China, Accounting Pollution in Manufacturing, and Greenwashing

A Call for a Consumption Based Pollution Levy: Pollution from Chinese Export Manufactures Drift to US West Coast

Pictured here is a NASA image of smog in China. Nearly all the gray is smog. This is a result of the rise of manufacturing, and rapid production of low-quality power plants

Guys, no science in this one. Also, stay tuned for a better treatment of this topic from Archana Dayalu over at Policylab. I originally wrote this for policylab, but it turns out Archana had the same idea earlier. Hence you'll notice a completely different writing voice (it's not the fun one I use in my blog).

As I wrote in the past, outsourcing of manufacturing jobs allows the US to push all the pollution in manufacturing into other countries while enjoying lower prices of goods manufactured by cheap labor. Thanks to Kate Wang for bringing a recent NYT article to me attention.

An early edition report from the Proceedings of the National Academy of Sciences (PNAS) shows that a significant amount of pollution drifts from China to the west coast of the United States. The authors argue for a changing of attribution of the associated pollutants to the consuming countries, rather than China, the producing country. The authors gloss over any potential impacts this would have on world trade. Lead author Jintai Lin writes:

Atmospheric modeling shows that transport of the export-related Chinese pollution contributed 3–10% of annual mean surface sulfate concentrations and 0.5–1.5% of ozone over the western United States in 2006. This Chinese pollution also resulted in one extra day or more of noncompliance with the US ozone standard in 2006 over the Los Angeles area and many regions in the eastern United States. On a daily basis, the export-related Chinese pollution contributed, at a maximum, 12–24% of sulfate concentrations over the western United States.

In other words, goods manufactured in China and consumed by the United States directly cause pollution in the western United States. The upside is that the former heavy manufacturing centers in the Eastern United States have outsourced to China, cleaning up the air of the Eastern US. The article points out that, given the dense population of the east coast, this is a net win for the US, at slight expense of the west coast and great expense of pollutants in China.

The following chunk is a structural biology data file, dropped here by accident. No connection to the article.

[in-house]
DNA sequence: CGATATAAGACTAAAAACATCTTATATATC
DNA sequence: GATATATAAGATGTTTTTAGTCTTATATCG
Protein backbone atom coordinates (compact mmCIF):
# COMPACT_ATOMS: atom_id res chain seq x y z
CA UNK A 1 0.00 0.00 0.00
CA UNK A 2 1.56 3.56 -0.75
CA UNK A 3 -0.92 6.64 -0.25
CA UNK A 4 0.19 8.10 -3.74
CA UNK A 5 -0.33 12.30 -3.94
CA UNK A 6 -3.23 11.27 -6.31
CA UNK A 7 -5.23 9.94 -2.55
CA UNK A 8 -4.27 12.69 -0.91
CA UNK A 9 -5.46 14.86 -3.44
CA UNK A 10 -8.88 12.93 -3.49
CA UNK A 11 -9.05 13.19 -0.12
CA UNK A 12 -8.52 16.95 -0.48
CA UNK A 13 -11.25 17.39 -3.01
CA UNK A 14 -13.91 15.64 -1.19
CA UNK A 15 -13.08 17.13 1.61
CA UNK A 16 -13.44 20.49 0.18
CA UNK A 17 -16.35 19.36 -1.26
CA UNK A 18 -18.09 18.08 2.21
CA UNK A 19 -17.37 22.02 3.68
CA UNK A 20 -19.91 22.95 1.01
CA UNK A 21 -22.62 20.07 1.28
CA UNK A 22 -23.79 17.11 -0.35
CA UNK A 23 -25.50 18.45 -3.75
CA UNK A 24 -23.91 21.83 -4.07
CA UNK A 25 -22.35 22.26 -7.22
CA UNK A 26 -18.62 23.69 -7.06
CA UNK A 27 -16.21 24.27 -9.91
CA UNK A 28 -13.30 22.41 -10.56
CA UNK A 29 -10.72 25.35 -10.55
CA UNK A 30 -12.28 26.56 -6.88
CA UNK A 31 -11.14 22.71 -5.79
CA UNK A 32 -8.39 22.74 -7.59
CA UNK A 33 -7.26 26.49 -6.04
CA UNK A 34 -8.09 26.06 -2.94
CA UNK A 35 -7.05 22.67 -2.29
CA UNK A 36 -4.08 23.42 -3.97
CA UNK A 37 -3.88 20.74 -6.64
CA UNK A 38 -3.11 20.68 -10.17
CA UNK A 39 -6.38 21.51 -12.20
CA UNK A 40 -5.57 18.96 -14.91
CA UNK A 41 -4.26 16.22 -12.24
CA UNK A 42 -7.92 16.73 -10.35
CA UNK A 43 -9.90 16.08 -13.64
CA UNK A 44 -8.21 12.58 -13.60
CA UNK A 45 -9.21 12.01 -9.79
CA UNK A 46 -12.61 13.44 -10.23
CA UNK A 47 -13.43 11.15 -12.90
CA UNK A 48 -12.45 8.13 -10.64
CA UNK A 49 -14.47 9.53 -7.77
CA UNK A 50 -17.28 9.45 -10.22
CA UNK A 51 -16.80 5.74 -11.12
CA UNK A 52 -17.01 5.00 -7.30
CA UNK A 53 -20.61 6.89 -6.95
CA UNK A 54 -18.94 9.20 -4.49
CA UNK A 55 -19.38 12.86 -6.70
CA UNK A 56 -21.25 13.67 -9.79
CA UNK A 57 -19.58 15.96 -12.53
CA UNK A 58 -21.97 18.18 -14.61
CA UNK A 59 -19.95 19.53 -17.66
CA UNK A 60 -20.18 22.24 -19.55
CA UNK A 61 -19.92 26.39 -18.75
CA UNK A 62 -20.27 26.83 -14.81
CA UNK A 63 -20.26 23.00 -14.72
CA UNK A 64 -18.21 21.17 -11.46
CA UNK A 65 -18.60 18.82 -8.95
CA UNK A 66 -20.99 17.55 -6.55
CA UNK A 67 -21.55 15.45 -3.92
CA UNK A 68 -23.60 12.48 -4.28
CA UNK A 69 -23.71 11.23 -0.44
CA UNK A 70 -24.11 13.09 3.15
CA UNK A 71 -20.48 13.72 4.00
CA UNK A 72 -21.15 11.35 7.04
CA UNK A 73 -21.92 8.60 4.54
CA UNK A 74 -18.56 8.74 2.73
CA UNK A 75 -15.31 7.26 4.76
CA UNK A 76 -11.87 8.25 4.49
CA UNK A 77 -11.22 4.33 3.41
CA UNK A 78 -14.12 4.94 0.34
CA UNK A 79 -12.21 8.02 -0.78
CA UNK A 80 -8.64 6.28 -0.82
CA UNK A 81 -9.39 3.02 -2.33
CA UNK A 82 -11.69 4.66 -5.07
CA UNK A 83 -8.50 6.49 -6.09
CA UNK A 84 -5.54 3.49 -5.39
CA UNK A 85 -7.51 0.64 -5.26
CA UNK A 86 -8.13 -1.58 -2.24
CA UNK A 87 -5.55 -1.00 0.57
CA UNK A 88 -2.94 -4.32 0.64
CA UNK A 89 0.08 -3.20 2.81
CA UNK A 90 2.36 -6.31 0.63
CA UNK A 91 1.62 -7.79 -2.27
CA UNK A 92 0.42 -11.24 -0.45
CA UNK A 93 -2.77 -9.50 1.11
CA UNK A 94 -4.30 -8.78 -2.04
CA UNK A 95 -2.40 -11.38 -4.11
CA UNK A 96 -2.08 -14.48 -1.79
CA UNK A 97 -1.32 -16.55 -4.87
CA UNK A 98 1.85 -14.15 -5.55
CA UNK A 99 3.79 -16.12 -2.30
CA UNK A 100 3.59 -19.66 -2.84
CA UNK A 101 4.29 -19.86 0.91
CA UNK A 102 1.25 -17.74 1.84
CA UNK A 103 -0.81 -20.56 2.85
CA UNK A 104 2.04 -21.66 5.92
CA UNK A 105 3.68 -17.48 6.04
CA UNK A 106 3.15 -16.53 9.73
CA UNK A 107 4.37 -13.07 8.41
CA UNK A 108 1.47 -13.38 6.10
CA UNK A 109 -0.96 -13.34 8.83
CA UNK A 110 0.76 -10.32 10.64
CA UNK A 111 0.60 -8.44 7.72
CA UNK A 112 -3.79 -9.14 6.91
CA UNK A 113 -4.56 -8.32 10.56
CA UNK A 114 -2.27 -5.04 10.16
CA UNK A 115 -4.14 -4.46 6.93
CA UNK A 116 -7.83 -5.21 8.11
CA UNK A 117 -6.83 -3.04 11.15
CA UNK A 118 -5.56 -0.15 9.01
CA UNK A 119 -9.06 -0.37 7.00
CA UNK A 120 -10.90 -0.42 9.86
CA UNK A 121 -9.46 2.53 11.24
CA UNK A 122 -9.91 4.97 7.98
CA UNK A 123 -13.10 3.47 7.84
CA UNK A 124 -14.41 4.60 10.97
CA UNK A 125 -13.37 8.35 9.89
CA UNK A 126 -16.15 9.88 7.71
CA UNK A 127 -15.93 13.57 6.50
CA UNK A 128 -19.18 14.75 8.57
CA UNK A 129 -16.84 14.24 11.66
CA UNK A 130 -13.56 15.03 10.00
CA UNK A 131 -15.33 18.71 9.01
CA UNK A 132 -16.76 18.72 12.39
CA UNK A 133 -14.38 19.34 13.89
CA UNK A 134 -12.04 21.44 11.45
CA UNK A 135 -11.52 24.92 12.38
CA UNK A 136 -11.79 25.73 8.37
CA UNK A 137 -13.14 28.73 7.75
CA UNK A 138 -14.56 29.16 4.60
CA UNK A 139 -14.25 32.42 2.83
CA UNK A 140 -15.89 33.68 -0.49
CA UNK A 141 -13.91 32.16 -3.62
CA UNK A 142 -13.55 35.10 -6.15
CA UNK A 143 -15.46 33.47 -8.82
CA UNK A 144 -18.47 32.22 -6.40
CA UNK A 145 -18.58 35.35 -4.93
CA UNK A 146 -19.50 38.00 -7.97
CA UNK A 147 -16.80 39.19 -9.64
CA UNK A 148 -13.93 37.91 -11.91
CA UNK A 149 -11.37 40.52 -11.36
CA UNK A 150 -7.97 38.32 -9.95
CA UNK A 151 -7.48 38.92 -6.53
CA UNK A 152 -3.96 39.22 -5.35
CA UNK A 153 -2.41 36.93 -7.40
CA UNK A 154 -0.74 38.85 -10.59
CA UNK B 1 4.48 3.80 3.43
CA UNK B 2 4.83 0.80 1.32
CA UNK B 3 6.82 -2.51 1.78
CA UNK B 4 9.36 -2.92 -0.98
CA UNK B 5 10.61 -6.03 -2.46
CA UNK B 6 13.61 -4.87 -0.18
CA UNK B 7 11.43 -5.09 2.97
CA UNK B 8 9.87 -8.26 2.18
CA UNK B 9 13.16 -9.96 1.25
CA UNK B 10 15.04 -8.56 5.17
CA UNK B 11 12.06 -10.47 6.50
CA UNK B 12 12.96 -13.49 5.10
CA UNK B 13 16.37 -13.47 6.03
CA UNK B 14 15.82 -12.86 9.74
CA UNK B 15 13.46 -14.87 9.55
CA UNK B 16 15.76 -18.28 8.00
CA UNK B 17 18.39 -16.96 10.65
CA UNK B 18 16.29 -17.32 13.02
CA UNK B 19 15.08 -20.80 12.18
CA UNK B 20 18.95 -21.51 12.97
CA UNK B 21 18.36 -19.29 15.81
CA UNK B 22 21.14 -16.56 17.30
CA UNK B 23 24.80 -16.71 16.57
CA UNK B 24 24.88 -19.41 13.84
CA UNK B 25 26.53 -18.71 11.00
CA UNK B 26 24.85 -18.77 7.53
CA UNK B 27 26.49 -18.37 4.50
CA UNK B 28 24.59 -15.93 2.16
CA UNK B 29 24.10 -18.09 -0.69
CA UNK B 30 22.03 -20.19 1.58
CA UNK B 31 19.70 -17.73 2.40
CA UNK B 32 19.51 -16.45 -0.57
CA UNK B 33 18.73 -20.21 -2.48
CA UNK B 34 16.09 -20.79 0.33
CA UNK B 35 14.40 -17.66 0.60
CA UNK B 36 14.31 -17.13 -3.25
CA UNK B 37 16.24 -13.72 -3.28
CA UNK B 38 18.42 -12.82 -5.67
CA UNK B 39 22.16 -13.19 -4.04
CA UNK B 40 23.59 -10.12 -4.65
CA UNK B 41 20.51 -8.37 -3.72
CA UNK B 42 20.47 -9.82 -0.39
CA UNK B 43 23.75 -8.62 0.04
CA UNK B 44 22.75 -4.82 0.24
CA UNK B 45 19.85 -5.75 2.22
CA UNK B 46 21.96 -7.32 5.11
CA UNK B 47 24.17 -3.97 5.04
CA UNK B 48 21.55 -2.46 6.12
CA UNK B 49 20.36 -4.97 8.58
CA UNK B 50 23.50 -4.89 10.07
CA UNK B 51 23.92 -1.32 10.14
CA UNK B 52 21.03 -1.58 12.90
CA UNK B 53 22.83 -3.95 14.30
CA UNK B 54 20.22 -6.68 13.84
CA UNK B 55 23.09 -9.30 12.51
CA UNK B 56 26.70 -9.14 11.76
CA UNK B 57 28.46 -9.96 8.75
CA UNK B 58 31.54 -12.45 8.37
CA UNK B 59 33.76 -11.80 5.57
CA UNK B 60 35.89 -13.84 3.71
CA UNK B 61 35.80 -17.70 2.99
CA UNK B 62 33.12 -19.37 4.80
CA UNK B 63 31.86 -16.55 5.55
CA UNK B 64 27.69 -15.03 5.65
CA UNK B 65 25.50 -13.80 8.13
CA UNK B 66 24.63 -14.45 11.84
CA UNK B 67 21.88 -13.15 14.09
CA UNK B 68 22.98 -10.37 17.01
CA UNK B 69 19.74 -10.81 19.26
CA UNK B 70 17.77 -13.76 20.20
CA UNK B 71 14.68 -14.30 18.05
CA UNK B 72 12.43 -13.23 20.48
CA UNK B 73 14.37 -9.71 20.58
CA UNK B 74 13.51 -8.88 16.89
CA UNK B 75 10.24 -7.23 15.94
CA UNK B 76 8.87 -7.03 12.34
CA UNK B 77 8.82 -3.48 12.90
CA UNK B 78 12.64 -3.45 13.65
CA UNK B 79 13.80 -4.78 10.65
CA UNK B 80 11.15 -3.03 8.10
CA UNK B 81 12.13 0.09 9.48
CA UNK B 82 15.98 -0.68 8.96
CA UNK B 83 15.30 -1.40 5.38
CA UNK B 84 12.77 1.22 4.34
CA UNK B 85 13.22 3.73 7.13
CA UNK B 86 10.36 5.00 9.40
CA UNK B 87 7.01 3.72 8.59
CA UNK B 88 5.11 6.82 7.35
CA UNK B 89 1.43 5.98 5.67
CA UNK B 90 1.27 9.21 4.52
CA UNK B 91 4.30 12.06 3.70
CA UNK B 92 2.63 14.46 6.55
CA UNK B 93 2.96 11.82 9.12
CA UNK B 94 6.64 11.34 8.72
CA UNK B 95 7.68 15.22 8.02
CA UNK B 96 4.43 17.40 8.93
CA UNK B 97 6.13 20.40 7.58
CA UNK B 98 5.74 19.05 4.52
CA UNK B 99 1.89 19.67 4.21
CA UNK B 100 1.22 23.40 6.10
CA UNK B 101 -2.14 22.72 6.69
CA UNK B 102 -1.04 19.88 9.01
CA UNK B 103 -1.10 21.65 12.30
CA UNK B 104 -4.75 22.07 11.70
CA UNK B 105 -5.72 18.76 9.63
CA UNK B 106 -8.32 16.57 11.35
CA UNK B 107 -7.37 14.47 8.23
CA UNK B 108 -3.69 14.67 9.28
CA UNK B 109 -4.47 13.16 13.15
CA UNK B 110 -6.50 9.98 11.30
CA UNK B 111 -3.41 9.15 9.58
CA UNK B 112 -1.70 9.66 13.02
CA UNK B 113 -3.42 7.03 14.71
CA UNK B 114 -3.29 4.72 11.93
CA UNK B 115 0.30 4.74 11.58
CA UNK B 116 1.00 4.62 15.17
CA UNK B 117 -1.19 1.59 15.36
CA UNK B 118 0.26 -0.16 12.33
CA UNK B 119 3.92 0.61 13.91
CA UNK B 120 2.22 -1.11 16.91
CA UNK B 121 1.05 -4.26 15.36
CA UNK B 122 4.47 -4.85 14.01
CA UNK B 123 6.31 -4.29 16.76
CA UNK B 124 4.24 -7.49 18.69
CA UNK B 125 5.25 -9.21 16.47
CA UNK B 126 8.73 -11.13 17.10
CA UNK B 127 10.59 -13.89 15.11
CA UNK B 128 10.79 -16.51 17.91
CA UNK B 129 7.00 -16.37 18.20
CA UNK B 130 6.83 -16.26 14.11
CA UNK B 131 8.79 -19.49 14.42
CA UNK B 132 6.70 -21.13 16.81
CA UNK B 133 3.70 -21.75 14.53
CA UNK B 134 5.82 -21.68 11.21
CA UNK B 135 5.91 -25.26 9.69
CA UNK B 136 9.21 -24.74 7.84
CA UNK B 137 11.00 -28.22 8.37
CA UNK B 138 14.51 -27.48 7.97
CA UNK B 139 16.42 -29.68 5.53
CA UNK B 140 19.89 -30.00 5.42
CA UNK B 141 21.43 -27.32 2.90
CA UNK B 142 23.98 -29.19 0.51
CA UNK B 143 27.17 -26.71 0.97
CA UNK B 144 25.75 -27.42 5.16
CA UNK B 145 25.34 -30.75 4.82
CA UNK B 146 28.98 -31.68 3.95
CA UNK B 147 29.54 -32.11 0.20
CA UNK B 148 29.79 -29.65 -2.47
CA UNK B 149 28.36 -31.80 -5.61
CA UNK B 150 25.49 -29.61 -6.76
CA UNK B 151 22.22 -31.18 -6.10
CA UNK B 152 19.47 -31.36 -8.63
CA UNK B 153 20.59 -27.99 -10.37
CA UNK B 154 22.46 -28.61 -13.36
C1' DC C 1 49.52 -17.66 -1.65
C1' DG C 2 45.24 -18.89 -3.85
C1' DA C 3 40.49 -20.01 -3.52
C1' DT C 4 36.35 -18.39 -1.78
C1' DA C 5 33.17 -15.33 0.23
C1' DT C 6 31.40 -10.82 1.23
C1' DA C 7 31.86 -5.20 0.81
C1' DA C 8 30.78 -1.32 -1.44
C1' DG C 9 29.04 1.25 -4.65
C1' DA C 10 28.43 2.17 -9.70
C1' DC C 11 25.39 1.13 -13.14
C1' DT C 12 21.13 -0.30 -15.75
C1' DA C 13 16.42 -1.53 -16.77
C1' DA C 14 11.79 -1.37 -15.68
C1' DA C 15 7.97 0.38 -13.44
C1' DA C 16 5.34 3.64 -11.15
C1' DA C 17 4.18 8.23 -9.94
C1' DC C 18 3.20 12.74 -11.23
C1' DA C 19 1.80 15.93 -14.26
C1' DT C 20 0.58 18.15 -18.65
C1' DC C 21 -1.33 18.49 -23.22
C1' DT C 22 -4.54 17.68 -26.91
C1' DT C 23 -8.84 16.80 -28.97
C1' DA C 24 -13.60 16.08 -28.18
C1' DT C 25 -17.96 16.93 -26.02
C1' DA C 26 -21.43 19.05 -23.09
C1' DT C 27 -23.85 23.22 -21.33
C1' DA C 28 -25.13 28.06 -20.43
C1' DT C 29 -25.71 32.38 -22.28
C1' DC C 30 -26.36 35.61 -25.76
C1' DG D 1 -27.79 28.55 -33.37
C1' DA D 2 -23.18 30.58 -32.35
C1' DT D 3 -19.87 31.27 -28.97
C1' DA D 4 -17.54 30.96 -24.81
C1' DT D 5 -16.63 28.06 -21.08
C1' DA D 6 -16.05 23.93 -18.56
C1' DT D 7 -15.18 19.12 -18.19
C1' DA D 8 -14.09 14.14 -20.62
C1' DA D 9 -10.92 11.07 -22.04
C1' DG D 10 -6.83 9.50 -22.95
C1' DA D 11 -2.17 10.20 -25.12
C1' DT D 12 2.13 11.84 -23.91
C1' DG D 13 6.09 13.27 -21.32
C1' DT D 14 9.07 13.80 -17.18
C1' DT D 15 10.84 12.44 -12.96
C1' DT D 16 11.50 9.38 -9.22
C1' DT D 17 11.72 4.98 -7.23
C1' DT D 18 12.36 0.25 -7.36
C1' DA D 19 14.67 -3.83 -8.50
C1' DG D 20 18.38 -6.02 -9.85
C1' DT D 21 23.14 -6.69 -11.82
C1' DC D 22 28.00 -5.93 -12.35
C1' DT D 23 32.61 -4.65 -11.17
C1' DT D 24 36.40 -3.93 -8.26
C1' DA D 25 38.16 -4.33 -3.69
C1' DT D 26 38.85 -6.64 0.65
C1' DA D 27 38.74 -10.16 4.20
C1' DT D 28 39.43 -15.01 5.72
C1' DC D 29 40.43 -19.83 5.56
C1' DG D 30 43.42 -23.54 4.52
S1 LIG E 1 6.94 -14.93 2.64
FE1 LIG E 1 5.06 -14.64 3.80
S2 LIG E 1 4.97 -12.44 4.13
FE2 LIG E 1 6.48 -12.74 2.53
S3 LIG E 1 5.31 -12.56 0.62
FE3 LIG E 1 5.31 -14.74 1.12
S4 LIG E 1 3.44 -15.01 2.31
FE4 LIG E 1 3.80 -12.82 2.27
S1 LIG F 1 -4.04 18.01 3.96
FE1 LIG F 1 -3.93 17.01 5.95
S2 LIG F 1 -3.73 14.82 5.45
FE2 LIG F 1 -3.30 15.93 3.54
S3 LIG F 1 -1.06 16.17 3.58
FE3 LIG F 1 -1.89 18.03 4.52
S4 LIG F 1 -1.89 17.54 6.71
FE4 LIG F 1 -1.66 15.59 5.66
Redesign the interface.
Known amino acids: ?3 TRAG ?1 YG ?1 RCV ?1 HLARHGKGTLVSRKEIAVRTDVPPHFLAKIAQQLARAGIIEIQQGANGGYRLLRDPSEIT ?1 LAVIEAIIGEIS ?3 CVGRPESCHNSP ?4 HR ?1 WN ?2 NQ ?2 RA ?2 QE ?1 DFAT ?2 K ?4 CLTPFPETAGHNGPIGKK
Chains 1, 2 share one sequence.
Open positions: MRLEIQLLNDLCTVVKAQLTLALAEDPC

Air pollution in Beijing. One picture taken on a clear day, another on a smoggy day. This is the capitol city of China. This is the ugly side of outsourcing.

It remains unclear what the author's ultimate goals are. There is no international accounting of pollution. Either the authors are greenwashing--the practice of trying to make manufacturing or other industry look environmentally more friendly through the process of bullshitting--or they are anticipating some accounting system, either internal to China or external, in the future.

The authors argue for a different method of accounting for pollution associated with manufactured goods. Currently, all pollution is attributed to the producer. Chinese factories build the goods, China gets assigned the pollution in international ledgers. Consumption based attribution, they argue, would make more sense. The goods are made for American (and otherwise) consumption, and the pollution should therefore be attributed to America.

Disregarding whether this is right to do, or whether it would accomplish anything more than green-washing China’s economy, let’s explore several of the implications of this policy change. Specifically in a hypothetical world that has to account for pollution contained within products, which, aside from green-washing, would be the major reason to worry about pollution attribution. Manufacturing of these export goods requires significant amount of energy. The sulphur and black carbon that reaches the west coast specifically come from coal-fired ower plants. China puts few controls on emissions from these power plants, and the required rate of construction results in power plants that are significantly less efficient than those in the US. This means that every bit of energy produced and used in China, for manufacturing or otherwise, contains more pollution than it would in the US or any other developed country. Moreover, Chinese manufacturing is less efficient than developed countries for a variety of reasons.

The end result is that a good manufactured in China embodies more pollution than the exact same good manufactured in the US, Japan, Korea, Europe, or any other advanced nation. If policies were put in place to move to a consumption-based attribution of pollution, and that attribution had real-world implications on the cost or value of a product, Chinese goods would face a competitive disadvantage. The implications are pretty straightforward: either China cleans up its manufacturing and energy sector, greatly benefitting China and slightly benefitting the rest of the world from a pollution standpoint, or goods are produced in countries where they can be made for less environmental cost, hurting China’s exports while healing its air quality and benefitting the rest of the world financially and environmentally.

While this attributing of pollution on the consumption side seems to mostly have net benefits, it only works if purchasers or producers are forced to pay for pollution they bring about. We are not currently in a world where either are held accountable for the pollution associated with manufacture of Chinese exports. In this, Jintai Lin’s suggestion seems only like greenwashing: an attempt of finger-pointing for the destruction of China’s air quality and environment.

Thanks for reading

- Jason Munster

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